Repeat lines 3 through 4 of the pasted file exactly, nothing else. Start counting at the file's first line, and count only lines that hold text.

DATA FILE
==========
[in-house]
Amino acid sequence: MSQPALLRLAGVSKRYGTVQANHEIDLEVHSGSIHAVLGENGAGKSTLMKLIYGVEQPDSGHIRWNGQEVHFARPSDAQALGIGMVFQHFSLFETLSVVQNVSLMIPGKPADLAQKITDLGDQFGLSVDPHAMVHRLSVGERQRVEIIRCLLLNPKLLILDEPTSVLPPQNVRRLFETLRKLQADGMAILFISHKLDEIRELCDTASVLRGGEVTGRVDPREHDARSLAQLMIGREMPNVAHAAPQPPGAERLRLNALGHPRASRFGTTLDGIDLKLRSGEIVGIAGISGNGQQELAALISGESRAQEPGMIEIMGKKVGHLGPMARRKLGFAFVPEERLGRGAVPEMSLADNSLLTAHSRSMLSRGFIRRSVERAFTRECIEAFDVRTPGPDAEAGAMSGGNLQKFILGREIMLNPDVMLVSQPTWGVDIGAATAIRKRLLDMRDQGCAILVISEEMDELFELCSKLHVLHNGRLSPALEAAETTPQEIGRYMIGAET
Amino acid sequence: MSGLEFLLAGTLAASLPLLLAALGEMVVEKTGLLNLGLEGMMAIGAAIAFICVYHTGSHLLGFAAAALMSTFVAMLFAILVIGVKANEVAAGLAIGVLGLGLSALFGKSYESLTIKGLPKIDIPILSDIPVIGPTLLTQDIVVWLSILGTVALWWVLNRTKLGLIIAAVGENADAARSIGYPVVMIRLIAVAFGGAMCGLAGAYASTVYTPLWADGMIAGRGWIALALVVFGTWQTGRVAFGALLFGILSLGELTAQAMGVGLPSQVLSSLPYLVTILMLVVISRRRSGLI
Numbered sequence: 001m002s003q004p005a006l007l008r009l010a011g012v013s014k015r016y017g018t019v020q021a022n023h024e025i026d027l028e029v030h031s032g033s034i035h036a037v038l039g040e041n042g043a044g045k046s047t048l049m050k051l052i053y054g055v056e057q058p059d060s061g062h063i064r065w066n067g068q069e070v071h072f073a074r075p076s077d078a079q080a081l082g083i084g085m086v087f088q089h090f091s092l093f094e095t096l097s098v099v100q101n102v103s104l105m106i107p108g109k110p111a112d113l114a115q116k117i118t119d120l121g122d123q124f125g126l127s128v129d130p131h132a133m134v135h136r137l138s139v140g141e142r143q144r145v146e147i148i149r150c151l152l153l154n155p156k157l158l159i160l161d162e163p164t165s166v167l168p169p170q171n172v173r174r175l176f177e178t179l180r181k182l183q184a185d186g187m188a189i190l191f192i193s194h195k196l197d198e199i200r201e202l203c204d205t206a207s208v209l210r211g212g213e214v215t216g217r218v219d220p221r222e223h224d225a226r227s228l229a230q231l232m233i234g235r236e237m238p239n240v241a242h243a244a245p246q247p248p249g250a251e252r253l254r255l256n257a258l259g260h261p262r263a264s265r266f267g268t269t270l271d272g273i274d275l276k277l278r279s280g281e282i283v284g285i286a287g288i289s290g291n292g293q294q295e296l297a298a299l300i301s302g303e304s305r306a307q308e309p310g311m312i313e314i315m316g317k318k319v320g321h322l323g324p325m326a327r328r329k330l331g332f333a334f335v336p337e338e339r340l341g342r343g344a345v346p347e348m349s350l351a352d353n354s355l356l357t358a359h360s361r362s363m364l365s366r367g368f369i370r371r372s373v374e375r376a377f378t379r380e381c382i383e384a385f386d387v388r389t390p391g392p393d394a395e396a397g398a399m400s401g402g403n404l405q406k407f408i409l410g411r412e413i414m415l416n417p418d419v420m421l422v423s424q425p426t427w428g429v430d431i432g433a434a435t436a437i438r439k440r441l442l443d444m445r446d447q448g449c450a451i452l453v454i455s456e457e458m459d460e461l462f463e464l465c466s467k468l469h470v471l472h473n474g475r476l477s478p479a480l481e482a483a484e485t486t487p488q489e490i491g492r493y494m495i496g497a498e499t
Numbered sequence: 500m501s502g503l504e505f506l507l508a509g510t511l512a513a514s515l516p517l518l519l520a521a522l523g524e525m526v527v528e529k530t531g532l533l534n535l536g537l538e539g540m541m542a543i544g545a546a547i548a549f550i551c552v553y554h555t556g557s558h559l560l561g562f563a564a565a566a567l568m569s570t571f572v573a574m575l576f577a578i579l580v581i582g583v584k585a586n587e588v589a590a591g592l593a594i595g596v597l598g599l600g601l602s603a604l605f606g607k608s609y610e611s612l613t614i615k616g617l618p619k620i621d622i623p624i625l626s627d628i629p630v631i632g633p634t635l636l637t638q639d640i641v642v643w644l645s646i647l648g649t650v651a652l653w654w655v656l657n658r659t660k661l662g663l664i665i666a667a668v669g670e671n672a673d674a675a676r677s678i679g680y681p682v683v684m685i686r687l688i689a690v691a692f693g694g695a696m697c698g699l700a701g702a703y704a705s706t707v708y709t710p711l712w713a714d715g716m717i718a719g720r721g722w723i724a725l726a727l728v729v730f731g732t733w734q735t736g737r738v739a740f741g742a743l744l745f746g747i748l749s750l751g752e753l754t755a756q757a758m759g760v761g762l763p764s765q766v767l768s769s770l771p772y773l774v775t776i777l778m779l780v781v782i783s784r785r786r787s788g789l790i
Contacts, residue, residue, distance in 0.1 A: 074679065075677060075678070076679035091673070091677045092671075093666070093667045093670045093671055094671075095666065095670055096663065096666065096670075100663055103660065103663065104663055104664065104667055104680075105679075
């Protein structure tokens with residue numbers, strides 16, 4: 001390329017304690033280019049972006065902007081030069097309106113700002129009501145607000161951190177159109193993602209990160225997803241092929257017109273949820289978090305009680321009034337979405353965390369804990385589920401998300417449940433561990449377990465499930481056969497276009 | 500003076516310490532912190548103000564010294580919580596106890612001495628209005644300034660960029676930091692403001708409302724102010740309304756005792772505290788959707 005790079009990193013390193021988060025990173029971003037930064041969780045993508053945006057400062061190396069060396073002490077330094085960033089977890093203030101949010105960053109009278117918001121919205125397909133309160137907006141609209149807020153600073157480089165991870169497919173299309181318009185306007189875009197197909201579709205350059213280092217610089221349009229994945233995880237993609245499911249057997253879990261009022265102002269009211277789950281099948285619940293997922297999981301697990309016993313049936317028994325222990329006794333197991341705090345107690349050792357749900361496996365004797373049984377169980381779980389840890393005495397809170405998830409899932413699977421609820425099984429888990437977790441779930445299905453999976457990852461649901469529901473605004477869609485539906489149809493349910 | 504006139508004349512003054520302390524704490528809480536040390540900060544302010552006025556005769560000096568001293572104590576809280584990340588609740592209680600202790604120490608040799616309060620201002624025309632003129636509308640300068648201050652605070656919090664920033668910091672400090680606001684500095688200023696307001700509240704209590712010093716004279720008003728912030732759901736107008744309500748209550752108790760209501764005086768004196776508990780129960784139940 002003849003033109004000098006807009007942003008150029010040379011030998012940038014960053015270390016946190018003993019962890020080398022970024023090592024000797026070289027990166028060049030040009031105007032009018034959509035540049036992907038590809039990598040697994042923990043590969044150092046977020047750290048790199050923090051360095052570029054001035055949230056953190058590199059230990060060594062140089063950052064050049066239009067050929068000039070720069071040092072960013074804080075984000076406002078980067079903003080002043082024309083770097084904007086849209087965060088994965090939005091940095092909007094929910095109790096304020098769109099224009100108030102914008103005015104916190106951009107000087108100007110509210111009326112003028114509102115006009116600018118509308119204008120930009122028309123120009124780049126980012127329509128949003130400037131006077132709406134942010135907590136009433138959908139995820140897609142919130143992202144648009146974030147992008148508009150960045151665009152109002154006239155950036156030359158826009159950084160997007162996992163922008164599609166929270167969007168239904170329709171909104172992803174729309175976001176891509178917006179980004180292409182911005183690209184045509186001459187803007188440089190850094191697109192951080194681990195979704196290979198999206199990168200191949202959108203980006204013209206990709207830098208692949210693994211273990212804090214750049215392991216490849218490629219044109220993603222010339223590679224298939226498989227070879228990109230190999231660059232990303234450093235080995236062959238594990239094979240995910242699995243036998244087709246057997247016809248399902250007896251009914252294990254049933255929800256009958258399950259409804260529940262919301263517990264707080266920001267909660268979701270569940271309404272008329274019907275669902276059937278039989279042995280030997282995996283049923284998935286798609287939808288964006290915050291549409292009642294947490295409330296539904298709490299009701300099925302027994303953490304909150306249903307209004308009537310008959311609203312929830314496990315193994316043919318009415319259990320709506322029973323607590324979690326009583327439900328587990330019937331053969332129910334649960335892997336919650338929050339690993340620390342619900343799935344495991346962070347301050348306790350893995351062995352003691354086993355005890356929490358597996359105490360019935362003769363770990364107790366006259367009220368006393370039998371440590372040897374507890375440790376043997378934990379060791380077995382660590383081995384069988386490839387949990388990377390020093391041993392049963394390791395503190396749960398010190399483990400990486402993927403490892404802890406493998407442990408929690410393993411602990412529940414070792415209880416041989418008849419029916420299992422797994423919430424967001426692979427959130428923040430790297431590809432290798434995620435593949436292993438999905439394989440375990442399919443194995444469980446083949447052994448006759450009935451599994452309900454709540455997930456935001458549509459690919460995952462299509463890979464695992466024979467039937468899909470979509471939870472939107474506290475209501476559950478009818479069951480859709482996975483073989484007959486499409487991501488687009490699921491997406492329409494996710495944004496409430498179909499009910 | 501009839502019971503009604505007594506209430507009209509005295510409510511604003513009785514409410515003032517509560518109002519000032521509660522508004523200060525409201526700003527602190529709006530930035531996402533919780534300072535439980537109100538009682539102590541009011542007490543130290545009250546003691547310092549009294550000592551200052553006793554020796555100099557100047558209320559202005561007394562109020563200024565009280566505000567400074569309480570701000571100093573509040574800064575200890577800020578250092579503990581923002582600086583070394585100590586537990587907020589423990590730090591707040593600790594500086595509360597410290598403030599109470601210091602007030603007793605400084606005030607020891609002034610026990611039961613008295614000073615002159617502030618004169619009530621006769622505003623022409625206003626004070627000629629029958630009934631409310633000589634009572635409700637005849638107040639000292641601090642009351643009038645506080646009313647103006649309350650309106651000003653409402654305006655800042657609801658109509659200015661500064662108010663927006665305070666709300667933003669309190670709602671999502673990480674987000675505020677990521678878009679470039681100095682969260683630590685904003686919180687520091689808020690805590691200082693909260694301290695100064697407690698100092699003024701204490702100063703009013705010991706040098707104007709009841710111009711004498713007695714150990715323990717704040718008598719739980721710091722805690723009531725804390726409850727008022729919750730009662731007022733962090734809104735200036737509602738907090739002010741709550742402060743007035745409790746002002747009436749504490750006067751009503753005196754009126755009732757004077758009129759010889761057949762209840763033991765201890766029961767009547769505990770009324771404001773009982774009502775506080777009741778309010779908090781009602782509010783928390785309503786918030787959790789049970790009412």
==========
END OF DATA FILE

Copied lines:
Amino acid sequence: MSGLEFLLAGTLAASLPLLLAALGEMVVEKTGLLNLGLEGMMAIGAAIAFICVYHTGSHLLGFAAAALMSTFVAMLFAILVIGVKANEVAAGLAIGVLGLGLSALFGKSYESLTIKGLPKIDIPILSDIPVIGPTLLTQDIVVWLSILGTVALWWVLNRTKLGLIIAAVGENADAARSIGYPVVMIRLIAVAFGGAMCGLAGAYASTVYTPLWADGMIAGRGWIALALVVFGTWQTGRVAFGALLFGILSLGELTAQAMGVGLPSQVLSSLPYLVTILMLVVISRRRSGLI
Numbered sequence: 001m002s003q004p005a006l007l008r009l010a011g012v013s014k015r016y017g018t019v020q021a022n023h024e025i026d027l028e029v030h031s032g033s034i035h036a037v038l039g040e041n042g043a044g045k046s047t048l049m050k051l052i053y054g055v056e057q058p059d060s061g062h063i064r065w066n067g068q069e070v071h072f073a074r075p076s077d078a079q080a081l082g083i084g085m086v087f088q089h090f091s092l093f094e095t096l097s098v099v100q101n102v103s104l105m106i107p108g109k110p111a112d113l114a115q116k117i118t119d120l121g122d123q124f125g126l127s128v129d130p131h132a133m134v135h136r137l138s139v140g141e142r143q144r145v146e147i148i149r150c151l152l153l154n155p156k157l158l159i160l161d162e163p164t165s166v167l168p169p170q171n172v173r174r175l176f177e178t179l180r181k182l183q184a185d186g187m188a189i190l191f192i193s194h195k196l197d198e199i200r201e202l203c204d205t206a207s208v209l210r211g212g213e214v215t216g217r218v219d220p221r222e223h224d225a226r227s228l229a230q231l232m233i234g235r236e237m238p239n240v241a242h243a244a245p246q247p248p249g250a251e252r253l254r255l256n257a258l259g260h261p262r263a264s265r266f267g268t269t270l271d272g273i274d275l276k277l278r279s280g281e282i283v284g285i286a287g288i289s290g291n292g293q294q295e296l297a298a299l300i301s302g303e304s305r306a307q308e309p310g311m312i313e314i315m316g317k318k319v320g321h322l323g324p325m326a327r328r329k330l331g332f333a334f335v336p337e338e339r340l341g342r343g344a345v346p347e348m349s350l351a352d353n354s355l356l357t358a359h360s361r362s363m364l365s366r367g368f369i370r371r372s373v374e375r376a377f378t379r380e381c382i383e384a385f386d387v388r389t390p391g392p393d394a395e396a397g398a399m400s401g402g403n404l405q406k407f408i409l410g411r412e413i414m415l416n417p418d419v420m421l422v423s424q425p426t427w428g429v430d431i432g433a434a435t436a437i438r439k440r441l442l443d444m445r446d447q448g449c450a451i452l453v454i455s456e457e458m459d460e461l462f463e464l465c466s467k468l469h470v471l472h473n474g475r476l477s478p479a480l481e482a483a484e485t486t487p488q489e490i491g492r493y494m495i496g497a498e499t